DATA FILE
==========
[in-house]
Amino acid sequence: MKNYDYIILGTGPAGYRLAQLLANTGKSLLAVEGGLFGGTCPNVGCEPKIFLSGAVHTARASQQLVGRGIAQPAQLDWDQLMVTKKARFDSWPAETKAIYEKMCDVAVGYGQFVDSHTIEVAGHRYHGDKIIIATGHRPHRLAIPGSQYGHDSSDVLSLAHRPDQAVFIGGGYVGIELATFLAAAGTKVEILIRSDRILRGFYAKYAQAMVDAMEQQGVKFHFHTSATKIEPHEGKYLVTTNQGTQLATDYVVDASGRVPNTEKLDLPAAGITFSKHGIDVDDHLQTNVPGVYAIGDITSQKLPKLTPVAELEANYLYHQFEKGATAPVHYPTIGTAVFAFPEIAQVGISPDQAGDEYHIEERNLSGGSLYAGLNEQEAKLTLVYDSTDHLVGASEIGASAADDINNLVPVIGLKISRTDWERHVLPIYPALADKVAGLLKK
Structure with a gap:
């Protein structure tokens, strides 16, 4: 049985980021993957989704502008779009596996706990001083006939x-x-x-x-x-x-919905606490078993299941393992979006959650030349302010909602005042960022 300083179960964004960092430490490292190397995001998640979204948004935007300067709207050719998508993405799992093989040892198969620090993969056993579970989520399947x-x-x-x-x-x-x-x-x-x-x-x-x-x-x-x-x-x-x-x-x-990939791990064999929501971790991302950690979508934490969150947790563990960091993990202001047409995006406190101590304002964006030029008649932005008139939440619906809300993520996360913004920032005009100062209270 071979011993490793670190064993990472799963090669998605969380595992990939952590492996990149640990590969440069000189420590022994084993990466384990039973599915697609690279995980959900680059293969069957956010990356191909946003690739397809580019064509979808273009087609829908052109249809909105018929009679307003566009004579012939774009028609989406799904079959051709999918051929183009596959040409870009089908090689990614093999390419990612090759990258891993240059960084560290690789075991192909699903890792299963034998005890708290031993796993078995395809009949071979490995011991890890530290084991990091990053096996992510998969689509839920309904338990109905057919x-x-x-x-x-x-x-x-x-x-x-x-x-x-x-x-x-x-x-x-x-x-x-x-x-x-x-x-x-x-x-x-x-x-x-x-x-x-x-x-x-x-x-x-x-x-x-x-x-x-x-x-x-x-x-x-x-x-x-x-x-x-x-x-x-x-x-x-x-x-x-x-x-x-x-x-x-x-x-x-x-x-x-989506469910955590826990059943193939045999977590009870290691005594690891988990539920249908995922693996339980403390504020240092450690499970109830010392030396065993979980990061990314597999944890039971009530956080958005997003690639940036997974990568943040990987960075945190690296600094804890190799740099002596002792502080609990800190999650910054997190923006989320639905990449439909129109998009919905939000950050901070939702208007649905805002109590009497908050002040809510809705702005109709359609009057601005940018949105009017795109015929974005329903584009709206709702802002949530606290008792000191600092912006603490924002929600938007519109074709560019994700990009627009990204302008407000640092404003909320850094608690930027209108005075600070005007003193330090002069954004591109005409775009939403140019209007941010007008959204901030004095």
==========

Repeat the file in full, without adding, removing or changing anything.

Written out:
[in-house]
Amino acid sequence: MKNYDYIILGTGPAGYRLAQLLANTGKSLLAVEGGLFGGTCPNVGCEPKIFLSGAVHTARASQQLVGRGIAQPAQLDWDQLMVTKKARFDSWPAETKAIYEKMCDVAVGYGQFVDSHTIEVAGHRYHGDKIIIATGHRPHRLAIPGSQYGHDSSDVLSLAHRPDQAVFIGGGYVGIELATFLAAAGTKVEILIRSDRILRGFYAKYAQAMVDAMEQQGVKFHFHTSATKIEPHEGKYLVTTNQGTQLATDYVVDASGRVPNTEKLDLPAAGITFSKHGIDVDDHLQTNVPGVYAIGDITSQKLPKLTPVAELEANYLYHQFEKGATAPVHYPTIGTAVFAFPEIAQVGISPDQAGDEYHIEERNLSGGSLYAGLNEQEAKLTLVYDSTDHLVGASEIGASAADDINNLVPVIGLKISRTDWERHVLPIYPALADKVAGLLKK
Structure with a gap:
């Protein structure tokens, strides 16, 4: 049985980021993957989704502008779009596996706990001083006939x-x-x-x-x-x-919905606490078993299941393992979006959650030349302010909602005042960022 300083179960964004960092430490490292190397995001998640979204948004935007300067709207050719998508993405799992093989040892198969620090993969056993579970989520399947x-x-x-x-x-x-x-x-x-x-x-x-x-x-x-x-x-x-x-x-x-990939791990064999929501971790991302950690979508934490969150947790563990960091993990202001047409995006406190101590304002964006030029008649932005008139939440619906809300993520996360913004920032005009100062209270 071979011993490793670190064993990472799963090669998605969380595992990939952590492996990149640990590969440069000189420590022994084993990466384990039973599915697609690279995980959900680059293969069957956010990356191909946003690739397809580019064509979808273009087609829908052109249809909105018929009679307003566009004579012939774009028609989406799904079959051709999918051929183009596959040409870009089908090689990614093999390419990612090759990258891993240059960084560290690789075991192909699903890792299963034998005890708290031993796993078995395809009949071979490995011991890890530290084991990091990053096996992510998969689509839920309904338990109905057919x-x-x-x-x-x-x-x-x-x-x-x-x-x-x-x-x-x-x-x-x-x-x-x-x-x-x-x-x-x-x-x-x-x-x-x-x-x-x-x-x-x-x-x-x-x-x-x-x-x-x-x-x-x-x-x-x-x-x-x-x-x-x-x-x-x-x-x-x-x-x-x-x-x-x-x-x-x-x-x-x-x-x-989506469910955590826990059943193939045999977590009870290691005594690891988990539920249908995922693996339980403390504020240092450690499970109830010392030396065993979980990061990314597999944890039971009530956080958005997003690639940036997974990568943040990987960075945190690296600094804890190799740099002596002792502080609990800190999650910054997190923006989320639905990449439909129109998009919905939000950050901070939702208007649905805002109590009497908050002040809510809705702005109709359609009057601005940018949105009017795109015929974005329903584009709206709702802002949530606290008792000191600092912006603490924002929600938007519109074709560019994700990009627009990204302008407000640092404003909320850094608690930027209108005075600070005007003193330090002069954004591109005409775009939403140019209007941010007008959204901030004095």